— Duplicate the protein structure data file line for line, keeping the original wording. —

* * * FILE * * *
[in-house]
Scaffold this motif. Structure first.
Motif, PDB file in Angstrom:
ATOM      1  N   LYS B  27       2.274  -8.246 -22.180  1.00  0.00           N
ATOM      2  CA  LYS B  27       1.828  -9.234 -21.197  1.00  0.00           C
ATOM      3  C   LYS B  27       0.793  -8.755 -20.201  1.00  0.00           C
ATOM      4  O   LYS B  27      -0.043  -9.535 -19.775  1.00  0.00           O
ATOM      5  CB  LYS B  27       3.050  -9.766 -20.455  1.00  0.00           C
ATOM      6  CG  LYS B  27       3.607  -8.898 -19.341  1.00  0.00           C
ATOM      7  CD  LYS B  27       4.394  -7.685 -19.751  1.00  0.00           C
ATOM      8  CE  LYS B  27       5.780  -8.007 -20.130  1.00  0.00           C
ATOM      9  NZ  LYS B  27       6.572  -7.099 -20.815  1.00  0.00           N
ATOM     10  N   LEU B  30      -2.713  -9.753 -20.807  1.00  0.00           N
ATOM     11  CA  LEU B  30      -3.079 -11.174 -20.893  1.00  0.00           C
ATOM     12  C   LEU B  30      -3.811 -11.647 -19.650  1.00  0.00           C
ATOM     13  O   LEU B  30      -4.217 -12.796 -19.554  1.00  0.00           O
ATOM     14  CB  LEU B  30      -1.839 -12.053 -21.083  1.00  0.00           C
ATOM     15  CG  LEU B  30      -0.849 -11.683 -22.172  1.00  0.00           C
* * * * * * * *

[in-house]
Scaffold this motif. Structure first.
Motif, PDB file in Angstrom:
ATOM      1  N   LYS B  27       2.274  -8.246 -22.180  1.00  0.00           N
ATOM      2  CA  LYS B  27       1.828  -9.234 -21.197  1.00  0.00           C
ATOM      3  C   LYS B  27       0.793  -8.755 -20.201  1.00  0.00           C
ATOM      4  O   LYS B  27      -0.043  -9.535 -19.775  1.00  0.00           O
ATOM      5  CB  LYS B  27       3.050  -9.766 -20.455  1.00  0.00           C
ATOM      6  CG  LYS B  27       3.607  -8.898 -19.341  1.00  0.00           C
ATOM      7  CD  LYS B  27       4.394  -7.685 -19.751  1.00  0.00           C
ATOM      8  CE  LYS B  27       5.780  -8.007 -20.130  1.00  0.00           C
ATOM      9  NZ  LYS B  27       6.572  -7.099 -20.815  1.00  0.00           N
ATOM     10  N   LEU B  30      -2.713  -9.753 -20.807  1.00  0.00           N
ATOM     11  CA  LEU B  30      -3.079 -11.174 -20.893  1.00  0.00           C
ATOM     12  C   LEU B  30      -3.811 -11.647 -19.650  1.00  0.00           C
ATOM     13  O   LEU B  30      -4.217 -12.796 -19.554  1.00  0.00           O
ATOM     14  CB  LEU B  30      -1.839 -12.053 -21.083  1.00  0.00           C
ATOM     15  CG  LEU B  30      -0.849 -11.683 -22.172  1.00  0.00           C